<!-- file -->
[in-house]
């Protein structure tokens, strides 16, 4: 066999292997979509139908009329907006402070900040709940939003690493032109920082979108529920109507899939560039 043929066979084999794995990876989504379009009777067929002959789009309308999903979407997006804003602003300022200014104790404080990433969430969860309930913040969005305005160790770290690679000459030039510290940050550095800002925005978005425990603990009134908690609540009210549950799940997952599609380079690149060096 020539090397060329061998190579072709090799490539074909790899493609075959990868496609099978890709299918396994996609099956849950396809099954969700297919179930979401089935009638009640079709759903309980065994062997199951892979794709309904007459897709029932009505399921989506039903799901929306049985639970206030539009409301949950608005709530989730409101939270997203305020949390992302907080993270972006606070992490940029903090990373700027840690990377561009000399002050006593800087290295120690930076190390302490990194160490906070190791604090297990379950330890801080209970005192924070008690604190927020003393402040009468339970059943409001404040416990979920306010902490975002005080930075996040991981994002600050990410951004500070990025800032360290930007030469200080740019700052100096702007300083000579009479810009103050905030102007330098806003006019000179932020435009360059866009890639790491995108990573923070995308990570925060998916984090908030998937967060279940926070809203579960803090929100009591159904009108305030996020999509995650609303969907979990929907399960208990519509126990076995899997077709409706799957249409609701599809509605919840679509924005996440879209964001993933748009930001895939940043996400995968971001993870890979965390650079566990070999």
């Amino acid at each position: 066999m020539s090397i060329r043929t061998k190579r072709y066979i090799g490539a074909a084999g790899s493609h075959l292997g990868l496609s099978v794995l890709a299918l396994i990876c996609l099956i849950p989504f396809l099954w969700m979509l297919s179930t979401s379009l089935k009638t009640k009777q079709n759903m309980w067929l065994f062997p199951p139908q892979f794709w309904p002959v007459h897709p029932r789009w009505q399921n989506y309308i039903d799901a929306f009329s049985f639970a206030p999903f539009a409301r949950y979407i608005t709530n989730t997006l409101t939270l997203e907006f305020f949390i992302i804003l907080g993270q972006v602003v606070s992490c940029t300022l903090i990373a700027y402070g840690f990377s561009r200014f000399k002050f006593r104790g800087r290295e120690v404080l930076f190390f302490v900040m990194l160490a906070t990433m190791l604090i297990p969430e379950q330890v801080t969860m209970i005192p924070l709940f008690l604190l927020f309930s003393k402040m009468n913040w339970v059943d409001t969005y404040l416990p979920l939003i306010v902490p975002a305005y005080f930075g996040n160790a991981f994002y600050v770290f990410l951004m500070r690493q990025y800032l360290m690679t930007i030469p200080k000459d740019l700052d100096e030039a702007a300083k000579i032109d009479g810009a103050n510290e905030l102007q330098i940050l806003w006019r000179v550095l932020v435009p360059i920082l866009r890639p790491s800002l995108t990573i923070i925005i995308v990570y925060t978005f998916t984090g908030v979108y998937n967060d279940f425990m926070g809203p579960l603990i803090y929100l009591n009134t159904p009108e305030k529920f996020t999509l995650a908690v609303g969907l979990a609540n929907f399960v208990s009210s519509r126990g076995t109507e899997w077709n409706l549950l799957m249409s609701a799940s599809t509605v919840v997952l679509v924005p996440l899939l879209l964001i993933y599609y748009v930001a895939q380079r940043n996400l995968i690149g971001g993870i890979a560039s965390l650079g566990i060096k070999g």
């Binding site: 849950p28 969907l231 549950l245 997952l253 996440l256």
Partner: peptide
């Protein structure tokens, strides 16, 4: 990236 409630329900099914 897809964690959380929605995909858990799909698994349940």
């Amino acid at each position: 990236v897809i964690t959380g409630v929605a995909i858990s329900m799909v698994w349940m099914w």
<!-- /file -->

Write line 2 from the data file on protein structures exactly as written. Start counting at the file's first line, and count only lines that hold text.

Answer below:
């Protein structure tokens, strides 16, 4: 066999292997979509139908009329907006402070900040709940939003690493032109920082979108529920109507899939560039 043929066979084999794995990876989504379009009777067929002959789009309308999903979407997006804003602003300022200014104790404080990433969430969860309930913040969005305005160790770290690679000459030039510290940050550095800002925005978005425990603990009134908690609540009210549950799940997952599609380079690149060096 020539090397060329061998190579072709090799490539074909790899493609075959990868496609099978890709299918396994996609099956849950396809099954969700297919179930979401089935009638009640079709759903309980065994062997199951892979794709309904007459897709029932009505399921989506039903799901929306049985639970206030539009409301949950608005709530989730409101939270997203305020949390992302907080993270972006606070992490940029903090990373700027840690990377561009000399002050006593800087290295120690930076190390302490990194160490906070190791604090297990379950330890801080209970005192924070008690604190927020003393402040009468339970059943409001404040416990979920306010902490975002005080930075996040991981994002600050990410951004500070990025800032360290930007030469200080740019700052100096702007300083000579009479810009103050905030102007330098806003006019000179932020435009360059866009890639790491995108990573923070995308990570925060998916984090908030998937967060279940926070809203579960803090929100009591159904009108305030996020999509995650609303969907979990929907399960208990519509126990076995899997077709409706799957249409609701599809509605919840679509924005996440879209964001993933748009930001895939940043996400995968971001993870890979965390650079566990070999």